Our house is just as cute and perfect as when we left her, though there is more petty thievery in Nashville than Brooklyn! (Or at least it seems like it.) Most of you know that our AC was stolen while we were still in NYC. Also stolen: custom storm window and gate to the backyard fence. Why? I haven’t the least clue, and neither does anyone else.

Our neighbors are friendly! The woman from next door, Hattie Henderson, divested herself of the hugest cabbage Omid and I had ever seen in a show of neighborly generosity (Exhibit 2). Thankfully Omid has a passion for cole slaw, but wow. Neighbors of note: Hattie's grown son, Spanky, who sits in the backyard all day drinking 40s and smoking reefer. He gave Omid a confused leer through the window the other day, and when Omid went outside to see what was up he asked to “borrow a dollar for a few hours.” (Omid declined.) Also: the woman across the street is known to all to be crazy and obsessed with kids. She follows kids to the bus-stop, trespasses at the day care and keeps her medication in her mailbox (or so we’ve been told by other neighbors). We met when I was doing a little yard work and within minutes she asked if I had kids. Gulp.

One of the things I’ve found most pleasing about moving to Nashville is the streamlining of possibilities. In New York, everything is going on all the time; it’s a virtual glut of activity that sometimes feels unmanageable. Nashville, being a much smaller city, has fewer things to offer at any given moment, but a greater sense of intimacy. Case in point: Omid and I were invited to Nashville’s monthly “gallery crawl” by our friends Don and Marissa. The 5 or 6 galleries involved were easily within walking distance, and the atmosphere was one of a progressive party: snacks, people-watching, art-chat. It was fun! (And a lot of the artwork was affordable – and did NOT involve corn cobs.)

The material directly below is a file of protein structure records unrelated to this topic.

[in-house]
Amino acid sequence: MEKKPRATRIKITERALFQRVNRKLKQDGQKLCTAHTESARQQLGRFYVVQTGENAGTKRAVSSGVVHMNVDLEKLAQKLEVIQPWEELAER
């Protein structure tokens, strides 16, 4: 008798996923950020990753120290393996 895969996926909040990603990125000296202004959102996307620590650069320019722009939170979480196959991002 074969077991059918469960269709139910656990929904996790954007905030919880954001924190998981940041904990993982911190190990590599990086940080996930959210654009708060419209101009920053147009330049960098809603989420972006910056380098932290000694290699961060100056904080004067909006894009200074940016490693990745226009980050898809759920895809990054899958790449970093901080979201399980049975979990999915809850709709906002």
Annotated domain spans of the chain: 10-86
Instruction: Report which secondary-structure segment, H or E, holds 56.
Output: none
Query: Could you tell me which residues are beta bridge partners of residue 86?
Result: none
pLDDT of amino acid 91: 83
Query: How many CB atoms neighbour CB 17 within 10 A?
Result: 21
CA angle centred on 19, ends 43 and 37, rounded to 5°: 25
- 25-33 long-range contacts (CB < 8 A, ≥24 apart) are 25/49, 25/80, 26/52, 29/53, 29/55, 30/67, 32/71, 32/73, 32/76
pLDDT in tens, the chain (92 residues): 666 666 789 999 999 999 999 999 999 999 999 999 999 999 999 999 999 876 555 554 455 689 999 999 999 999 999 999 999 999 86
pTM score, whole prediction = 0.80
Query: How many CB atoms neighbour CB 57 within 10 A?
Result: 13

Omid and I are looking forward to exploring Nashville, from the metal club The Muse to the shops and yoga studios and restaurants. Everyone keeps telling us we arrived at the “right time” to be part of Nashville’s culture explosion! Yes!

Bad news:
According to my mother, who tramped around to survey, poison ivy grows everywhere in our back yard. Being allergic in the extreme, I had only to hear that and see the evil vine and I was immediately plagued with the grossest, most miserable affliction of poison ivy from shoulders to knees. Sigh. Our moving in and settling down has been slowed for the moment, as I pause for an extended Benadryl daze, and a vain little prayer that it doesn’t spread to my face.

Culture shock items:
Of these there have been oddly few, and I expect I’ll start feeling it more when I return to work and mingle a bit more extensively with the natives. But so far I’ve noted: women and girls wear tons of make-up and walk around in the summer practically naked. Overheard from a security guard at the Nashville Board of Ed: “I’ll tell yuh, some a these little girls look lahk they just stepped out of the Klassic Kat club down town!” I assume I don’t have to tell you what kind of establishment the Klassic Kat is.

Note: Names have been changed to protect the innocent.